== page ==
Bad Referees

We’ve all had them, and, no doubt, all hate them. Bad referees always upset people, but this can’t always be helped. I thought that there would be higher quality refs the farther you got, with good refs at region’s and great refs at world’s. And the refs at region’s really were good. The world refs were… disappointing is phrasing it nicely. A way to put it not so nicely is that these refs blatantly ignored some rules, misunderstood others, and appeared to not know the rulebook if it hit them in the face. In the science division (which I was in), the refs thought that the pinning rule didn’t really matter, and if a team pinned another, the refs wouldn’t do anything for at least 10 seconds. Then they might give a warning, wait a few more seconds, then count slowly to five, then doing nothing if it took the robot 6 or 7 seconds to get away. Apparently they never heard of safety glasses either. Their calls were just atrocious!
In fact, in the semifinal round of our division one robot was tipped over intentionally by the other robot. The referees reason for why he didn’t call tipping was quote “If it’s at the trough, anything goes.” Where is that in the rulebook? Anyways guys, post your experiences with refs this year. Were they better in other divisions? What was the worst call you saw? What can solve this problem? I want to know!
Anonymous rager :wink:

I reported your post because I do not believe that your post is written in the spirit of VEX and will incite discussion that is not allowed on the forum. While certainly your team may have incurred hiccups during your matches, it would have been better for you to discuss with the referees and work to fix the problem you saw than rant online. I’ve seen my fair share of bad calls but I know that I can personally ally attest to the experience of referees that were on one fields. You may not have the full story and I do not believe that you should continue in such a slanderous manner to describe the referees.

\rant on
“Where is that in the rulebook?” Right here:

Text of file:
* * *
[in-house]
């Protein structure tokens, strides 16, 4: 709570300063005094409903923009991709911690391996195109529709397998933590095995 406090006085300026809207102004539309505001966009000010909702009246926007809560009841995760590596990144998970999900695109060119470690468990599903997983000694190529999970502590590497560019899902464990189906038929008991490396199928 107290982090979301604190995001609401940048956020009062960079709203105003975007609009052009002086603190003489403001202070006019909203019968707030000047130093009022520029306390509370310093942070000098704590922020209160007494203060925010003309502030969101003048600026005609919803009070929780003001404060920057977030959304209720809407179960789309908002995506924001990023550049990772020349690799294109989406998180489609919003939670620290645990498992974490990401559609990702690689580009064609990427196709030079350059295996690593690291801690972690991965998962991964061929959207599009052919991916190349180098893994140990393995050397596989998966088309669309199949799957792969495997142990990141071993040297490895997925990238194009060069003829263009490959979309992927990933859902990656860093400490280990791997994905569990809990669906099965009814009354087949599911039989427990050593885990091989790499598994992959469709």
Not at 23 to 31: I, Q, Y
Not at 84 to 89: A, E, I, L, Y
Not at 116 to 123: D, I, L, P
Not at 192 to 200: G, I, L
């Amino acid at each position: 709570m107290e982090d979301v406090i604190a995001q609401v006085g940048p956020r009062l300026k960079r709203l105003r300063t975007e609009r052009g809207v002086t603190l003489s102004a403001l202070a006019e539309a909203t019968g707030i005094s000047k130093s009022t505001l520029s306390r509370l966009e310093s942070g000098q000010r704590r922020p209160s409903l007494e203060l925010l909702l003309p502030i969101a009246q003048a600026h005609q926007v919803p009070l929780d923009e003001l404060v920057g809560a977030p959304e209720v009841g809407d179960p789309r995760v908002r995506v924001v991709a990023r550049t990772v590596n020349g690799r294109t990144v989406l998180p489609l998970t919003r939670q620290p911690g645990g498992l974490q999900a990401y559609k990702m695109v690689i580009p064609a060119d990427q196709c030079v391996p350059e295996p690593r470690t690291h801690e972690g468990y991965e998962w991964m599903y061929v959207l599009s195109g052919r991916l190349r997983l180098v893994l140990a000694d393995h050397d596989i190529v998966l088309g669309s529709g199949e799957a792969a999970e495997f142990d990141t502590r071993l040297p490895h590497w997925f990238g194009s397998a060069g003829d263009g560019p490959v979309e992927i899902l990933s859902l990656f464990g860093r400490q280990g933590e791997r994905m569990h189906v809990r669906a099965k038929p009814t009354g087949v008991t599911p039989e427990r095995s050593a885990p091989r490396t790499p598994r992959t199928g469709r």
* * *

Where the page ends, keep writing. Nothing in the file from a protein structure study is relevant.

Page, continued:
Like it or not, refs are the “gods” of the competition. If they say something happened, it did. If they something doesn’t matter, it doesn’t. If they say the rules mean one thing, that’s what the rules mean.

Can you raise an issue with their ruling? Sure. But, if they don’t “buy” your interpretation, deal with it. I’ve been on the receiving end of (what I believe to be incorrect) rulings at tournaments that have nullified at least two month’s of work. When that happens, the best thing to do is the keep calm and carry on. Don’t argue further, don’t get mad. The best way to deal with these situations is to present your case calmly to the head ref of your division, and if things don’t seem to be going your way, see if you can persuade the ref to radio Karthik.

These people are volunteers; you would not even have a competition without these people. These volunteers took off work so that you could have a tournament. Many of these volunteers purchased hotel rooms and drove or flew long distances so that you could have a tournament. Cut them some slack.

I watched the Science division via webcast for most of today. I believe I saw this tipping incident you reference–if I recall correctly, this was a situation that fell under the following paragraph:

With regards to pinning, I did not notice this (but I do not deny that it could have happened, as I didn’t watch every match). However, the correct response would be that as soon as you notice uncalled pinning, request the head ref to enforce this. If you have notified the head ref, be happy with whatever he does.

\rant off

I’m sorry you had a bad experience. The referees in Technology were fantastic, as was the competition as a whole. We had an amazing time, and plan to be back next year.